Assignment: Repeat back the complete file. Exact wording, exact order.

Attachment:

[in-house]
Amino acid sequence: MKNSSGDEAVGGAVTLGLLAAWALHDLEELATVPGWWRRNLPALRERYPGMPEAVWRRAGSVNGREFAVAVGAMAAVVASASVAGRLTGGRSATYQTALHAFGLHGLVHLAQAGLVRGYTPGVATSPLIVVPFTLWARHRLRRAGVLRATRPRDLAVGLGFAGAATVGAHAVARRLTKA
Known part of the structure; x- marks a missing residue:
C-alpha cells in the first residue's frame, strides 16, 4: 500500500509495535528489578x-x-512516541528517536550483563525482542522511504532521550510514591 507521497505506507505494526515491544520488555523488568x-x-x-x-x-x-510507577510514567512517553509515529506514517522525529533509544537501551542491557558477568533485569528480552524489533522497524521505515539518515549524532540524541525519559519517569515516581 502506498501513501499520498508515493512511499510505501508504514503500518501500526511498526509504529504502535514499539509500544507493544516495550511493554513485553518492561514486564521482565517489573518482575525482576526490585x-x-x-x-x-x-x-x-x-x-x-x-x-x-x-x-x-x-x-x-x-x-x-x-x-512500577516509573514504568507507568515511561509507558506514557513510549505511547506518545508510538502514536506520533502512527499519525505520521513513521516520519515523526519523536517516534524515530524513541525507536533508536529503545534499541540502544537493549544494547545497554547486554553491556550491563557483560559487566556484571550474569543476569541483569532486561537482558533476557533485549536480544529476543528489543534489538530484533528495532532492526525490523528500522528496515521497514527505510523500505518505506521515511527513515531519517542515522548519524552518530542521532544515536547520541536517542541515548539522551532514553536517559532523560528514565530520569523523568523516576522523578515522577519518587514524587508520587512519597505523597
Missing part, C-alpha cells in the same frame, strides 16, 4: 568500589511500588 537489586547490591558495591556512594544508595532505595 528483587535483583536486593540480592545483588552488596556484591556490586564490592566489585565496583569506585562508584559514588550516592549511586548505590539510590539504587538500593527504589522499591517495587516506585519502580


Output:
[in-house]
Amino acid sequence: MKNSSGDEAVGGAVTLGLLAAWALHDLEELATVPGWWRRNLPALRERYPGMPEAVWRRAGSVNGREFAVAVGAMAAVVASASVAGRLTGGRSATYQTALHAFGLHGLVHLAQAGLVRGYTPGVATSPLIVVPFTLWARHRLRRAGVLRATRPRDLAVGLGFAGAATVGAHAVARRLTKA
Known part of the structure; x- marks a missing residue:
C-alpha cells in the first residue's frame, strides 16, 4: 500500500509495535528489578x-x-512516541528517536550483563525482542522511504532521550510514591 507521497505506507505494526515491544520488555523488568x-x-x-x-x-x-510507577510514567512517553509515529506514517522525529533509544537501551542491557558477568533485569528480552524489533522497524521505515539518515549524532540524541525519559519517569515516581 502506498501513501499520498508515493512511499510505501508504514503500518501500526511498526509504529504502535514499539509500544507493544516495550511493554513485553518492561514486564521482565517489573518482575525482576526490585x-x-x-x-x-x-x-x-x-x-x-x-x-x-x-x-x-x-x-x-x-x-x-x-x-512500577516509573514504568507507568515511561509507558506514557513510549505511547506518545508510538502514536506520533502512527499519525505520521513513521516520519515523526519523536517516534524515530524513541525507536533508536529503545534499541540502544537493549544494547545497554547486554553491556550491563557483560559487566556484571550474569543476569541483569532486561537482558533476557533485549536480544529476543528489543534489538530484533528495532532492526525490523528500522528496515521497514527505510523500505518505506521515511527513515531519517542515522548519524552518530542521532544515536547520541536517542541515548539522551532514553536517559532523560528514565530520569523523568523516576522523578515522577519518587514524587508520587512519597505523597
Missing part, C-alpha cells in the same frame, strides 16, 4: 568500589511500588 537489586547490591558495591556512594544508595532505595 528483587535483583536486593540480592545483588552488596556484591556490586564490592566489585565496583569506585562508584559514588550516592549511586548505590539510590539504587538500593527504589522499591517495587516506585519502580